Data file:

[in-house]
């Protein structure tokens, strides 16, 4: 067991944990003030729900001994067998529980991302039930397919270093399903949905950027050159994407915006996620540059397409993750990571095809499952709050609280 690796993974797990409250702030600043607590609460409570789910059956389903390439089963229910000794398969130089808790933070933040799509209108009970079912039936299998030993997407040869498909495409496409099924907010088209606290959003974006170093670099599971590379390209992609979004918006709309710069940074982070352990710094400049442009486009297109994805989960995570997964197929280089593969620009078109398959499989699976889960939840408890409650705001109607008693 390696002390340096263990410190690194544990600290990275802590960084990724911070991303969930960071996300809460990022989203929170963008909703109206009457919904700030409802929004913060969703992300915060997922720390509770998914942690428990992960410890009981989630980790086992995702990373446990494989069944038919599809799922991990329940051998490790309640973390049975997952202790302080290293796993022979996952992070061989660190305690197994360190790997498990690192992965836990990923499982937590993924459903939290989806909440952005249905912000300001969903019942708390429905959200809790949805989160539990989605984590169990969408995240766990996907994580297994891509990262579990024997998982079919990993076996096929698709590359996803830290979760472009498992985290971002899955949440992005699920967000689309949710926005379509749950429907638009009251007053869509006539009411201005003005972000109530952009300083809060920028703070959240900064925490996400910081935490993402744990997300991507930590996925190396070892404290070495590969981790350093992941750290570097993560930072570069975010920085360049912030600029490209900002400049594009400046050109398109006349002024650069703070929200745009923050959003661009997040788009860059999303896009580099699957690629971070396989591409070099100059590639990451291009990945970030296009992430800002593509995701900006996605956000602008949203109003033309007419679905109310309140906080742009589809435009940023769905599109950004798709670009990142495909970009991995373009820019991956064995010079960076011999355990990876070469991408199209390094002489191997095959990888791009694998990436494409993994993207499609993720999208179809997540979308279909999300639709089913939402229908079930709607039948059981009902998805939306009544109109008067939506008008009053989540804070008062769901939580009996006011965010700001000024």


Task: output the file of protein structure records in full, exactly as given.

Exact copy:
[in-house]
């Protein structure tokens, strides 16, 4: 067991944990003030729900001994067998529980991302039930397919270093399903949905950027050159994407915006996620540059397409993750990571095809499952709050609280 690796993974797990409250702030600043607590609460409570789910059956389903390439089963229910000794398969130089808790933070933040799509209108009970079912039936299998030993997407040869498909495409496409099924907010088209606290959003974006170093670099599971590379390209992609979004918006709309710069940074982070352990710094400049442009486009297109994805989960995570997964197929280089593969620009078109398959499989699976889960939840408890409650705001109607008693 390696002390340096263990410190690194544990600290990275802590960084990724911070991303969930960071996300809460990022989203929170963008909703109206009457919904700030409802929004913060969703992300915060997922720390509770998914942690428990992960410890009981989630980790086992995702990373446990494989069944038919599809799922991990329940051998490790309640973390049975997952202790302080290293796993022979996952992070061989660190305690197994360190790997498990690192992965836990990923499982937590993924459903939290989806909440952005249905912000300001969903019942708390429905959200809790949805989160539990989605984590169990969408995240766990996907994580297994891509990262579990024997998982079919990993076996096929698709590359996803830290979760472009498992985290971002899955949440992005699920967000689309949710926005379509749950429907638009009251007053869509006539009411201005003005972000109530952009300083809060920028703070959240900064925490996400910081935490993402744990997300991507930590996925190396070892404290070495590969981790350093992941750290570097993560930072570069975010920085360049912030600029490209900002400049594009400046050109398109006349002024650069703070929200745009923050959003661009997040788009860059999303896009580099699957690629971070396989591409070099100059590639990451291009990945970030296009992430800002593509995701900006996605956000602008949203109003033309007419679905109310309140906080742009589809435009940023769905599109950004798709670009990142495909970009991995373009820019991956064995010079960076011999355990990876070469991408199209390094002489191997095959990888791009694998990436494409993994993207499609993720999208179809997540979308279909999300639709089913939402229908079930709607039948059981009902998805939306009544109109008067939506008008009053989540804070008062769901939580009996006011965010700001000024």